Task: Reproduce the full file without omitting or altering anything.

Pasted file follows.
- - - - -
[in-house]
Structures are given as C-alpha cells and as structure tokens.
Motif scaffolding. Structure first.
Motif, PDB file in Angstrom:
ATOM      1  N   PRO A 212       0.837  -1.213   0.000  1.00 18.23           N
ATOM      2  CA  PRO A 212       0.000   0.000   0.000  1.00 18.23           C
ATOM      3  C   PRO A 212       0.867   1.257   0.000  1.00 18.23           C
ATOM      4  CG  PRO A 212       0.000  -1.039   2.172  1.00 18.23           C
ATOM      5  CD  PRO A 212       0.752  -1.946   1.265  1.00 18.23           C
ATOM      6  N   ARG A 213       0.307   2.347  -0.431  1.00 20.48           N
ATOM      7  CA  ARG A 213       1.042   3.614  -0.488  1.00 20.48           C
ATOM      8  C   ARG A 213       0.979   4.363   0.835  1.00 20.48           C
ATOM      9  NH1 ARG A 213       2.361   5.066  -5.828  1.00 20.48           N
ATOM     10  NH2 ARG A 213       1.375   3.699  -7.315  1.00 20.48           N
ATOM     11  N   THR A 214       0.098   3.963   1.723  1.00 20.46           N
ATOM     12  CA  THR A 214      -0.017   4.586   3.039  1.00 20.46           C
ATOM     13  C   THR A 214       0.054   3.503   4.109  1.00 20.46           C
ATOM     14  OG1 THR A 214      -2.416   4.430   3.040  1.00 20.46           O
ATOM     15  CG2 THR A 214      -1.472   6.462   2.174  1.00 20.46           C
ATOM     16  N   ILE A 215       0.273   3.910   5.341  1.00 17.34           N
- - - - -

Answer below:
[in-house]
Structures are given as C-alpha cells and as structure tokens.
Motif scaffolding. Structure first.
Motif, PDB file in Angstrom:
ATOM      1  N   PRO A 212       0.837  -1.213   0.000  1.00 18.23           N
ATOM      2  CA  PRO A 212       0.000   0.000   0.000  1.00 18.23           C
ATOM      3  C   PRO A 212       0.867   1.257   0.000  1.00 18.23           C
ATOM      4  CG  PRO A 212       0.000  -1.039   2.172  1.00 18.23           C
ATOM      5  CD  PRO A 212       0.752  -1.946   1.265  1.00 18.23           C
ATOM      6  N   ARG A 213       0.307   2.347  -0.431  1.00 20.48           N
ATOM      7  CA  ARG A 213       1.042   3.614  -0.488  1.00 20.48           C
ATOM      8  C   ARG A 213       0.979   4.363   0.835  1.00 20.48           C
ATOM      9  NH1 ARG A 213       2.361   5.066  -5.828  1.00 20.48           N
ATOM     10  NH2 ARG A 213       1.375   3.699  -7.315  1.00 20.48           N
ATOM     11  N   THR A 214       0.098   3.963   1.723  1.00 20.46           N
ATOM     12  CA  THR A 214      -0.017   4.586   3.039  1.00 20.46           C
ATOM     13  C   THR A 214       0.054   3.503   4.109  1.00 20.46           C
ATOM     14  OG1 THR A 214      -2.416   4.430   3.040  1.00 20.46           O
ATOM     15  CG2 THR A 214      -1.472   6.462   2.174  1.00 20.46           C
ATOM     16  N   ILE A 215       0.273   3.910   5.341  1.00 17.34           N